Reiwa (令和): The New Japanese Era

After Chief Cabinet Member Yoshihide Suga flipped that glorious framed calligraphy to reveal what the new era for Japan would be, things began to change in the country. The age of Akihito is drawing to a close as his son, Naruhito, will ascend on May 1st. But what is all of this about eras and what exactly is Reiwa? I decided to make a small primer on this new era for my own reference and for the reference of others.

The Japanese Calendar: Japanese Eras

Did you know the Japanese have their own calendar? Its true! Its based on gengo ( 元号 ), sometimes known as nengo ( 年号 ), or the “year name.” This happens once an emperor dies and passes on the throne, or, in the rare case of abdication, the date he abdicates and his successor takes over. The system was borrowed from the Chinese Imperial practice that dates back to 140 CE. The Japanese started their take on naming eras after emperor’s reigns in 645 CE with the Taika ( 大化 ) era. There was a period in the seventh century where the tradition fell out of practice, but it was swiftly picked up again in 701 CE where it has remained in practice until this very day. The era names are usually two kanji that represent the desires, hopes, or reflect some historical moment for the times. For example, the current Heisei era ( 平成 ) means “Achieving peace” or “Peace accomplished.” The current emperor took over after his father, Hirohito, passed away in 1989. Hirohito, of course, was the emperor during World War II, so the message of peace for the new era probably reflected the will and hopes of the people for the reign of his son.

Reiwa: What it Means

Reiwa - Two Second Street -
The announcement of the new era name!

Now that Akihito is gone and Hirohito is here, let’s discuss Reiwa. It takes a while for the Japanese government to come out with an official translation into other languages because of the subtlety and wordplay that goes into the era name selection process.

The big controversy this time was with the kanji “rei” (令). It can translate to order or command, with “wa” (和), which can mean harmony or peace. Some took this to mean that the new era name reflected a will to enforce peace, and given Shinzo Abe’s desires to remilitarize Japan, this had some foreign observers a bit on edge. Others also worried that this name would agitate Japan’s neighbors, Korea and China, as Japan has ongoing disputes with both countries (one such example is the pilgrimages to Yasukuni Shrine, where war criminals are enshrined).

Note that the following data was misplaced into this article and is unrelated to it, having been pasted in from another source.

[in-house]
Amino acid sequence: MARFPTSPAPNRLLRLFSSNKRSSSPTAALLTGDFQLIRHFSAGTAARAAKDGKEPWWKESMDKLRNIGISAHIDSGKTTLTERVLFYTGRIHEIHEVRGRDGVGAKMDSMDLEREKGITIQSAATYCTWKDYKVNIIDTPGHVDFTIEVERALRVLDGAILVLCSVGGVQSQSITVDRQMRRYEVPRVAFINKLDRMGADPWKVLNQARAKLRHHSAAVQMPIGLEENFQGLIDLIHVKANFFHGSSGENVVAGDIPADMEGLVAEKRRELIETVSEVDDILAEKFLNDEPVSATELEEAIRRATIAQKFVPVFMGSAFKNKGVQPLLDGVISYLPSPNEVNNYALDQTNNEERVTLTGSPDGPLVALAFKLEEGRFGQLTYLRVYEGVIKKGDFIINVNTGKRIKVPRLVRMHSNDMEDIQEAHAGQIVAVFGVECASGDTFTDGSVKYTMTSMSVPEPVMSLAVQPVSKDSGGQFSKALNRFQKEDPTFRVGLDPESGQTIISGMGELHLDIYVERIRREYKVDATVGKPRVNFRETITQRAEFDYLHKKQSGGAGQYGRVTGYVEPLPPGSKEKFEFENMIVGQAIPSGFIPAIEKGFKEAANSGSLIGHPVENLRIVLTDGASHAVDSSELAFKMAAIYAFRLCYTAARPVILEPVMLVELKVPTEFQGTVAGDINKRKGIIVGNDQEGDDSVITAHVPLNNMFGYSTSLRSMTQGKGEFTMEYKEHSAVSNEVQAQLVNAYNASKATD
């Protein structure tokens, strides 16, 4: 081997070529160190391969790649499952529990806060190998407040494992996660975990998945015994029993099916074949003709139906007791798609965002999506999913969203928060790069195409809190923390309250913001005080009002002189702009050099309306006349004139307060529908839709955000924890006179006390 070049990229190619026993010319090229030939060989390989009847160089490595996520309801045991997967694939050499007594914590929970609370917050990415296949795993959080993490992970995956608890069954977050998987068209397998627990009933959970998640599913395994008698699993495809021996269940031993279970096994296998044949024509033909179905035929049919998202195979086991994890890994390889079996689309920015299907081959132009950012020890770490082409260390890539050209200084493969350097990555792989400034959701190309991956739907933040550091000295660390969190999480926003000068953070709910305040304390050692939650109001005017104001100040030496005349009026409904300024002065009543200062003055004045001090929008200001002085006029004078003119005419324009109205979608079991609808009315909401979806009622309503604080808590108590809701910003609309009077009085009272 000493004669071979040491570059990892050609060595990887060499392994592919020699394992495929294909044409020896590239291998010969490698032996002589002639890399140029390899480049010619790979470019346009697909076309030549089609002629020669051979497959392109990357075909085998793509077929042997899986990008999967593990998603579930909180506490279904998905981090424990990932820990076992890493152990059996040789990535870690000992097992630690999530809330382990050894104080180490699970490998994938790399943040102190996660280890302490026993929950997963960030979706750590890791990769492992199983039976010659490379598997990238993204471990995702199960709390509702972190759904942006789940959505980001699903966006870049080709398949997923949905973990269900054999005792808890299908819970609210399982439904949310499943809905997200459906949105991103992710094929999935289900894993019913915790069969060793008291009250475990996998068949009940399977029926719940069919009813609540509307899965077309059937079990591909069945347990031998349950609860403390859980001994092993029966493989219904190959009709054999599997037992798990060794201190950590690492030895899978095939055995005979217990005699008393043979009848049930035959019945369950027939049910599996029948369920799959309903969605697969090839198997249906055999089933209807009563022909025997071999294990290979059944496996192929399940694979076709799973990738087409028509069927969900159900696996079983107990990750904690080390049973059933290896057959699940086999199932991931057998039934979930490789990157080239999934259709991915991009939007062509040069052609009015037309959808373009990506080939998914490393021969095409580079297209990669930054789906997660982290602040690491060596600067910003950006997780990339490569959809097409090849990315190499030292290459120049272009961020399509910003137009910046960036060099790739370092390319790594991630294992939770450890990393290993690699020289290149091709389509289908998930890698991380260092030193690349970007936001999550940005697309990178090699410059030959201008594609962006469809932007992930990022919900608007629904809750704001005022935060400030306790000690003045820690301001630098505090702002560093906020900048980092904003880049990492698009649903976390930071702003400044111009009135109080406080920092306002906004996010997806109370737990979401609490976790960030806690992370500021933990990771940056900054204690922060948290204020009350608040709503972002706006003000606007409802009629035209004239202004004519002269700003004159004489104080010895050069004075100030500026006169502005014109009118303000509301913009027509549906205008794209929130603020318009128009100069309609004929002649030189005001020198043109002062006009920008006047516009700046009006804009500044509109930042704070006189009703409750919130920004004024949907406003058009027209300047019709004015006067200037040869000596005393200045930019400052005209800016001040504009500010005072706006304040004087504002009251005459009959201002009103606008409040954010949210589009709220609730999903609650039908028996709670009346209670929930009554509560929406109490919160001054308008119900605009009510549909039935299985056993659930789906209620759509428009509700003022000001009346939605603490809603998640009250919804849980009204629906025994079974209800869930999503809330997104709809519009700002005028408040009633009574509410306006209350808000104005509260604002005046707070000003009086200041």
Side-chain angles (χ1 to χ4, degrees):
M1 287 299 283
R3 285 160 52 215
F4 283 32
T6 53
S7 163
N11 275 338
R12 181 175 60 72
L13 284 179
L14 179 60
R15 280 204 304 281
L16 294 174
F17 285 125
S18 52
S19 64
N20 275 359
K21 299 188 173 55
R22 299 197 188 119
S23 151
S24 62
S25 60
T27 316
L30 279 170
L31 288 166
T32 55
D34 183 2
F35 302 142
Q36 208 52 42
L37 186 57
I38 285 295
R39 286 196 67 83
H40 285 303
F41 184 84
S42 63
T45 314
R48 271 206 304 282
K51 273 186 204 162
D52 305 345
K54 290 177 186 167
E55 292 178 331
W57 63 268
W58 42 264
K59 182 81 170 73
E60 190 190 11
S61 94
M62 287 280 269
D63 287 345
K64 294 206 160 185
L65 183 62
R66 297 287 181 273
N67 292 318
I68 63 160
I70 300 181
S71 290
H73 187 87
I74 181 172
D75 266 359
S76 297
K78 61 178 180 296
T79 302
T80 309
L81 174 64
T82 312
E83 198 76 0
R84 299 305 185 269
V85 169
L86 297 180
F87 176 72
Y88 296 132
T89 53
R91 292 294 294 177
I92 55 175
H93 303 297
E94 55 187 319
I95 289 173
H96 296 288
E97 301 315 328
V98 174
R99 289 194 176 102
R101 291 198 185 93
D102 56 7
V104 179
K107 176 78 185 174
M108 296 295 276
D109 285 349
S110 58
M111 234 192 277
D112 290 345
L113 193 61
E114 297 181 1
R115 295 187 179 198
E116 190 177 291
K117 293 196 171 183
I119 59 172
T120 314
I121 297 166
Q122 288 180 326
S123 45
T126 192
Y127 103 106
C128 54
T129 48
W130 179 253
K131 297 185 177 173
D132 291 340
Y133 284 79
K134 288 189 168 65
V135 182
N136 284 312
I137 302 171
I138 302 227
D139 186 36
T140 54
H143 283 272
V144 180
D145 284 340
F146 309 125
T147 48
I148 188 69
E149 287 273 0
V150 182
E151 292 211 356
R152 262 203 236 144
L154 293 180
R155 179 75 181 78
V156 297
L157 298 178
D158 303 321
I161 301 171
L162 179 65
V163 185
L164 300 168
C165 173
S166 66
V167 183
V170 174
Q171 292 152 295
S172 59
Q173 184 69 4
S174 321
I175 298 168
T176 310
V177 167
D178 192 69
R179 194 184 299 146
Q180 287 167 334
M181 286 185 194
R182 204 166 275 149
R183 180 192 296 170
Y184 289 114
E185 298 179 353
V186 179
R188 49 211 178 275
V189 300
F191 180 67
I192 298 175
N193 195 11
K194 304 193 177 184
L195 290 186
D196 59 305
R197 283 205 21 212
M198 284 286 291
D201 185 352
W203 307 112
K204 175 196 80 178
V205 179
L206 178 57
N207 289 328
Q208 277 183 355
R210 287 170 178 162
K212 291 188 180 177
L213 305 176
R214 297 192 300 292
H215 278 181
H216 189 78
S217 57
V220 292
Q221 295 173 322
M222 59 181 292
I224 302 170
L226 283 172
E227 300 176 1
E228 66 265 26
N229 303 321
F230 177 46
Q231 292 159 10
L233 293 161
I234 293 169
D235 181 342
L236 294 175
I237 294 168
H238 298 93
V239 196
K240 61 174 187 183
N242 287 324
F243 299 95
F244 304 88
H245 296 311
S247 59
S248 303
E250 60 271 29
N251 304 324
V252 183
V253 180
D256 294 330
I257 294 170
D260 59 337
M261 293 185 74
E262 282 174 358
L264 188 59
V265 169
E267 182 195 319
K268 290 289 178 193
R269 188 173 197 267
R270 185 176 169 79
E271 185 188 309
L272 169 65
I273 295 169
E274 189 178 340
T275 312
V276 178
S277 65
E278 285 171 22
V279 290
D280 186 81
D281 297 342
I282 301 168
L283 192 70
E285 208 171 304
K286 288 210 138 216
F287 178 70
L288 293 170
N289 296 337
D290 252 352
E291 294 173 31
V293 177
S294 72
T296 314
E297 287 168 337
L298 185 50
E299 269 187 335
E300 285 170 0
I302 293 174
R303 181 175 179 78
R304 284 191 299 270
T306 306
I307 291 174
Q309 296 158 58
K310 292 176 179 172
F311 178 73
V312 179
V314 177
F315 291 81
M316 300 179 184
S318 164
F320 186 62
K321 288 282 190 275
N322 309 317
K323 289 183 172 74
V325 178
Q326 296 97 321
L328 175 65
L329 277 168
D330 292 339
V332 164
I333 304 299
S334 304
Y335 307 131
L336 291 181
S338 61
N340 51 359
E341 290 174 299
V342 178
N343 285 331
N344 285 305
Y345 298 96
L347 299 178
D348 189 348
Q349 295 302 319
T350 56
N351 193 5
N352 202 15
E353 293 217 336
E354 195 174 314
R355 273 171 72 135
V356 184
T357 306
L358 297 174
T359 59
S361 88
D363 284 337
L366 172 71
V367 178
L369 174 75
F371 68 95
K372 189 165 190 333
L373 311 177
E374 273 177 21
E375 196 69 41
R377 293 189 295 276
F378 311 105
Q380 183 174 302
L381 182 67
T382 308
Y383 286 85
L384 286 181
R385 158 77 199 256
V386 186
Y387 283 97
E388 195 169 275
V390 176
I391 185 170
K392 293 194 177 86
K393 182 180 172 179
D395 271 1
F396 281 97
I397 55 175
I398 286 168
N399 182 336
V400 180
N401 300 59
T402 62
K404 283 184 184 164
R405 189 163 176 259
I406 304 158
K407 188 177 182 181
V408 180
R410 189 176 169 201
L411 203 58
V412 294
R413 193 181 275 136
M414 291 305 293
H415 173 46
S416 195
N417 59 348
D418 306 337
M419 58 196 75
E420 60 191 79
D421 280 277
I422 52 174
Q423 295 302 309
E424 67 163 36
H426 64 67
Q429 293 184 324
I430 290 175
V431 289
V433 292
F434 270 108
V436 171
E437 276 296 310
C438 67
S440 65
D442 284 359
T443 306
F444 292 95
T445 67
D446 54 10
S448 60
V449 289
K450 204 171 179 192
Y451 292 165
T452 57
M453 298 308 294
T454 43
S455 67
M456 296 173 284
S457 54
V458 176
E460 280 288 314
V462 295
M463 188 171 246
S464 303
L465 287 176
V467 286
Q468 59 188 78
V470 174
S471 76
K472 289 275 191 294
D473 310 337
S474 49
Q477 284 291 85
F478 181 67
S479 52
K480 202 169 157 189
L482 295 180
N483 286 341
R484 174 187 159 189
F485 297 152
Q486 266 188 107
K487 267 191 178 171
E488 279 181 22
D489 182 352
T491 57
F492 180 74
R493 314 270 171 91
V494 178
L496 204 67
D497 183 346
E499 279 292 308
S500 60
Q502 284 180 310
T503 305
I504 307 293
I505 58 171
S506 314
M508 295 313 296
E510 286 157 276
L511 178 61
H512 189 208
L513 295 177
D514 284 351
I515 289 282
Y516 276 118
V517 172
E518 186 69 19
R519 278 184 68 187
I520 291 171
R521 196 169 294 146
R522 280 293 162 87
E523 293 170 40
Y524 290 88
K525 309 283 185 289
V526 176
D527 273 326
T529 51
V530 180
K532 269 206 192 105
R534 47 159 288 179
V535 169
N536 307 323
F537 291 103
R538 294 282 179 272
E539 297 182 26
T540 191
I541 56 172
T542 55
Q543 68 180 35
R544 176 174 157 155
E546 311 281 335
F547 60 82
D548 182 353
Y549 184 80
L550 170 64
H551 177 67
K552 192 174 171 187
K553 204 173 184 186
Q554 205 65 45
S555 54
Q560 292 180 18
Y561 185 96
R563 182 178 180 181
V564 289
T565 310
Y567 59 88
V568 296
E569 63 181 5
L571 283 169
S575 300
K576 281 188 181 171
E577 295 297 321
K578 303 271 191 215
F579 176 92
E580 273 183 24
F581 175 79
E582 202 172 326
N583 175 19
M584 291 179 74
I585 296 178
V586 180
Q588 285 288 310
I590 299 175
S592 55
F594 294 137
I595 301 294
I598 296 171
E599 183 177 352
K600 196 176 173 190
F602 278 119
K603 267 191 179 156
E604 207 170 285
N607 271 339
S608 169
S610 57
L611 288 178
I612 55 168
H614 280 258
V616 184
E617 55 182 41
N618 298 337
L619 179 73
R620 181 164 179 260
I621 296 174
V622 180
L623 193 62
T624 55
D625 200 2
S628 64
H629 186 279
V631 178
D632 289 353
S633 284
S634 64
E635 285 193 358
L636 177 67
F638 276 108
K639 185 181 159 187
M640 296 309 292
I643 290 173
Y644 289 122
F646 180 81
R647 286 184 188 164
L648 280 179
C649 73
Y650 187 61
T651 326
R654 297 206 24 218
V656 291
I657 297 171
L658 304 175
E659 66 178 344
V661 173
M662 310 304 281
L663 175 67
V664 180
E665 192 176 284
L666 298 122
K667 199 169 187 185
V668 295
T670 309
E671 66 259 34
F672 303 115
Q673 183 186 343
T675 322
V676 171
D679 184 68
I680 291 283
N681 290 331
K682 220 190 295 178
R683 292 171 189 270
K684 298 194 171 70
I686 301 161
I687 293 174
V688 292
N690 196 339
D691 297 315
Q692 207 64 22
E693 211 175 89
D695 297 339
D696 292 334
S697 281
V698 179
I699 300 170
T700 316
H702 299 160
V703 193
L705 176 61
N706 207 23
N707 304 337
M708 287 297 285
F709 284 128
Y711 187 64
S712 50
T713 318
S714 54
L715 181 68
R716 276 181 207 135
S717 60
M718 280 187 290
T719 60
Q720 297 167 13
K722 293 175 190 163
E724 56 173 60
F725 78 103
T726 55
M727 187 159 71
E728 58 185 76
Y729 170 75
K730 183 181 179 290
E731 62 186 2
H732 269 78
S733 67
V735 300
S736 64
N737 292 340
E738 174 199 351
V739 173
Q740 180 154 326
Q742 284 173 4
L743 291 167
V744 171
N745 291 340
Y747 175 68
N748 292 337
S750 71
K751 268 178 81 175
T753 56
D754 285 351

The Prime Minister himself and many top officials have come out to clarify the meaning of the phrase, which they say takes its meaning from the oldest collection of Japanese poetry known, the Manyoshu (Collection of Myriad Leaves). They cite a specific passage written by Otomo no Tabito where he used the character with the character for month (月, pronounced sometimes as gatsu or getsu) to make the phrase “auspicious month” (令月, or “reigetsu”). Thus, their translation of the era name is more akin to “beautiful harmony,” with “beautiful” being another one of the lesser-known meanings for “rei.”

The name also invokes the image of resilient plum blossoms emerging after a long or harsh winter. Masaru Sato, head of the Japan Information Center in New York, also said this name means “the beauty of people when they bring their hearts together.”

While the naming of the era tends to predict the future, time will tell if Naruhito’s reign will truly bring about beautiful harmony. What do you think? Is this a case of the government trying to cover its tracks? Or is it a legitimate artistic license that got lost in translation?


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